The lecture by Mr. Sharlet begins at 6:30 p.m. at the Washington Avenue Branch, 161 Washington Avenue. It is free and open to the public.
The Albany [NY] Public Library Foundation will be hosting several events in the upcoming months to celebrate the 2019 Literary Legends, Peter Golden, Lyn Lifshin, and Dan Wilcox.
Save the dates!
Thursday, May 30, 2019 – An Evening With The Authors
An Evening With The Authors is a wine and dessert reception will begin at 6:00 pm, followed by a special toast at 6:30 pm. Following the toast, Literary Legends Dan Wilcox and Peter Golden will hold court until 7:30 pm, reading from their work and talking about their craft with APL Foundation Director Alexis Bhagat.
The event will take place in the Community Room in the Washington Avenue branch of the Albany Public Library. Tickets are $25 and can be purchased at any branch or online at literarylegends.org after April 30th. Proceeds benefit the Albany Public Library Foundation.
Friday, May 31, 2019 – Leaves of Grass Bicentennial Reading
Literary Legend Dan Wilcox and the Poetry Motel Foundation present their annual reading of “Song of Myself” by Walt Whitman each year on his birthday, rain or shine. Whitman turns 200 this year, so this should be an extra special reading. The event will take place near the Robert Burns statue in Washington Park at 6:00 pm. It is an outdoor event, so bring your own blankets or chairs. This event is sponsored by the APL Foundation and the Hudson Valley Writers Guild.
Thursday, June 13, 2019 – Lyn Lifshin Not Made Of Glass Film Screening
“Lyn Lifshin: Not Made of Glass” (Karista Films, 1987) is a documentary about one of our Literary Legends. Readings of Lifshin’s poems are interspersed with her own and others’ observations about her life and work. The documentary was produced, directed, and edited by Mary Ann Lynch. It is 55 minutes long and will include a Q&A. The screening will take place at the Opalka Gallery, 140 New Scotland Ave. Albany, NY 12208 from 6:00 pm – 8:00 pm.
Friday, June 14, 2019 – Poets from Albany Read Their Favorite Lyn Lifshin Poems
Literary Legend Lyn Lifshin has written more than 125 books and edited 4 anthologies of women writers. For this special reading, local poets will select their favorite Lyn Lifshin poems to read aloud. The reading will take place in the Large Auditorium at the Washington Avenue branch of the Albany Public Library from 5:00 pm – 7:00 pm. Please contact APL Foundation at 518-427-4367 if you are interested in reading!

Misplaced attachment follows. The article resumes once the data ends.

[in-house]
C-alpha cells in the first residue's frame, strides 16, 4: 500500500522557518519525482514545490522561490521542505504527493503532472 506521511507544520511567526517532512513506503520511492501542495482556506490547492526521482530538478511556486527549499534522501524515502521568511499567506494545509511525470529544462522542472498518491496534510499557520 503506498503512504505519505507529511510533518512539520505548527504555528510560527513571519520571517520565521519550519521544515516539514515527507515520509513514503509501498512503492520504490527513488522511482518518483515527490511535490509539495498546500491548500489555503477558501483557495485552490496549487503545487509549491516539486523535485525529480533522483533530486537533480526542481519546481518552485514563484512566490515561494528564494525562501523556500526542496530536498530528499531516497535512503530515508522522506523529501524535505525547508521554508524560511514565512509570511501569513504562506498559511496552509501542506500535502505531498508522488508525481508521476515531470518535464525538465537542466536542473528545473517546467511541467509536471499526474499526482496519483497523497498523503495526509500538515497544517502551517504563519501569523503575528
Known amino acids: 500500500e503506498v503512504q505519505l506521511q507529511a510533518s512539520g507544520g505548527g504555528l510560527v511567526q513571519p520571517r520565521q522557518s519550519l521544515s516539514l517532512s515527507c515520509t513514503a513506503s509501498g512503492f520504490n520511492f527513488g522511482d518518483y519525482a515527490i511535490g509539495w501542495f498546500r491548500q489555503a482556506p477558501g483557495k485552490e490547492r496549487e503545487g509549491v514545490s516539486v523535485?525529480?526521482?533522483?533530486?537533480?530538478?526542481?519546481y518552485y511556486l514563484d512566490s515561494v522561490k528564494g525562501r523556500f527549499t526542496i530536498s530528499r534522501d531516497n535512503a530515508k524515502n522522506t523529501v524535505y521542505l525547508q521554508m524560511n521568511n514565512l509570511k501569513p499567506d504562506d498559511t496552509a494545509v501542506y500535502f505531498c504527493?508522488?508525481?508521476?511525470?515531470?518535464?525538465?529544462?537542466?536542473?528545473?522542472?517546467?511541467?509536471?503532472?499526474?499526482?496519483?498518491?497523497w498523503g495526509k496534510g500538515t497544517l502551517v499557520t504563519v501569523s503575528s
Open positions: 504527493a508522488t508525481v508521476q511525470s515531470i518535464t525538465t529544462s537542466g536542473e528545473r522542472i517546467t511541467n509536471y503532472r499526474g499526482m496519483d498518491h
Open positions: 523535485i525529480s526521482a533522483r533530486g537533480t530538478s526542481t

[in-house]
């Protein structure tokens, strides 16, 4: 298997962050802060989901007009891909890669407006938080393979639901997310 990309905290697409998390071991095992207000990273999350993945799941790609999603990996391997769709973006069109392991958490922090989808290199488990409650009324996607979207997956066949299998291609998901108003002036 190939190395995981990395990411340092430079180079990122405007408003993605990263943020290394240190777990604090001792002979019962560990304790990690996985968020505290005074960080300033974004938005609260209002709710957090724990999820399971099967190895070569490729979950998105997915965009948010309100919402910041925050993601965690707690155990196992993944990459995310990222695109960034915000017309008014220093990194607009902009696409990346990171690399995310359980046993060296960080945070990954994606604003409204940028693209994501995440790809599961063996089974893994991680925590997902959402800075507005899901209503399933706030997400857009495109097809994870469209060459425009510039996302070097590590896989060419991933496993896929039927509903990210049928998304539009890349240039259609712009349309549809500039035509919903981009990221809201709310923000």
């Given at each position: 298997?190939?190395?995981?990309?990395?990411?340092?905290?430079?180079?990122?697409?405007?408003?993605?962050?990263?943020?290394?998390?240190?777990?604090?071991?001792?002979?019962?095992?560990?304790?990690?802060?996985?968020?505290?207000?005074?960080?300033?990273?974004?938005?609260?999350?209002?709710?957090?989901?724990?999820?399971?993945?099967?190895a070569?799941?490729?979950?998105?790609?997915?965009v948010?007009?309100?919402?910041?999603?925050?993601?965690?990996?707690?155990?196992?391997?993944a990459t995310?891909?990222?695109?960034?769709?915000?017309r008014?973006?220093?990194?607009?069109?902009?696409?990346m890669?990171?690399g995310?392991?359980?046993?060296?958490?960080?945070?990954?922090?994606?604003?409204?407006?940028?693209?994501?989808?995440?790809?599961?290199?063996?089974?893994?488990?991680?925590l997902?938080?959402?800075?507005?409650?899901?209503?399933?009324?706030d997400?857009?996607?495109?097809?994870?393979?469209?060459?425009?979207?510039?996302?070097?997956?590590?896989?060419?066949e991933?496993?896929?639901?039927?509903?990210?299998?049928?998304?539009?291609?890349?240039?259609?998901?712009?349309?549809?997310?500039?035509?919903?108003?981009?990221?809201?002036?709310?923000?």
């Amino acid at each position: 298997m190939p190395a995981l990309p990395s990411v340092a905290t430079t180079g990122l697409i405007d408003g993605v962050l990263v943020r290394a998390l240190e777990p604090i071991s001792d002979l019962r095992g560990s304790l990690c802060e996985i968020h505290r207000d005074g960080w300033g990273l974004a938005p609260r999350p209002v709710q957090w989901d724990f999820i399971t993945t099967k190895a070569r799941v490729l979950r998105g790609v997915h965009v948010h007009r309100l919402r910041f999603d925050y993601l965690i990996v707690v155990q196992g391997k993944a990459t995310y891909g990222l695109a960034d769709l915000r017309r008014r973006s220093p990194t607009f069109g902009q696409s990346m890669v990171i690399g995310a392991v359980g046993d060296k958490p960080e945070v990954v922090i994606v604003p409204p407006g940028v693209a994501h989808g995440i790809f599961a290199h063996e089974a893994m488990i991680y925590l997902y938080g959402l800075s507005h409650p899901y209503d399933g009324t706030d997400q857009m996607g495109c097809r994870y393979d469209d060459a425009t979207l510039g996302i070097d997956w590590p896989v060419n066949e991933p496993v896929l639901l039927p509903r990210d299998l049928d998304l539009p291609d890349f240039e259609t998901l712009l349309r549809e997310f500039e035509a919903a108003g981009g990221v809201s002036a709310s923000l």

Automating Inequality systematically investigates the impacts of data mining, policy algorithms, and predictive risk models on poor and working-class people in America.
The Author Talk for Tuesday, October 2 at the Albany Public Library will be by Virginia Eubanks. She will be talking about In Automating Inequality: How High-Tech Tools Profile, Police, and Punish the Poor. Eubanks “ably demonstrates why everyone should be very, very worried about the present and future of poverty management,” according to NY Daily News.
Here’s the book blurb:
Since the dawn of the digital age, decision-making in finance, employment, politics, health and human services has undergone revolutionary change. Today, automated systems–rather than humans–control which neighborhoods get policed, which families attain needed resources, and who is investigated for fraud. While we all live under this new regime of data, the most invasive and punitive systems are aimed at the poor.
Automating Inequality systematically investigates the impacts of data mining, policy algorithms, and predictive risk models on poor and working-class people in America. The book is full of heart-wrenching and eye-opening stories, from a woman in Indiana whose benefits are literally cut off as she lays dying to a family in Pennsylvania in daily fear of losing their daughter because they fit a certain statistical profile.
Virginia Eubanks is an associate professor of political science at the University at Albany who has worked in community technology and economic justice for 20 years. She is also the author of Digital Dead End: Fighting for Social Justice in the Information Age; and co-editor, with Alethia Jones, of Ain’t Gonna Let Nobody Turn Me Around: Forty Years of Movement Building with Barbara Smith.
Her writing about technology and social justice has appeared in The American Prospect, The Nation, Harper’s and Wired. For two decades, Eubanks has worked in community technology and economic justice movements. Today, she is a founding member of the Our Data Bodies Project and a Fellow at New America. She lives in Troy, NY.
Author talks and book reviews are sponsored by the Friends of the Albany Public Library every Tuesday that the library is open at the Washington Avenue branch of the APL, 162 Washington Avenue, in the main auditorium at noon.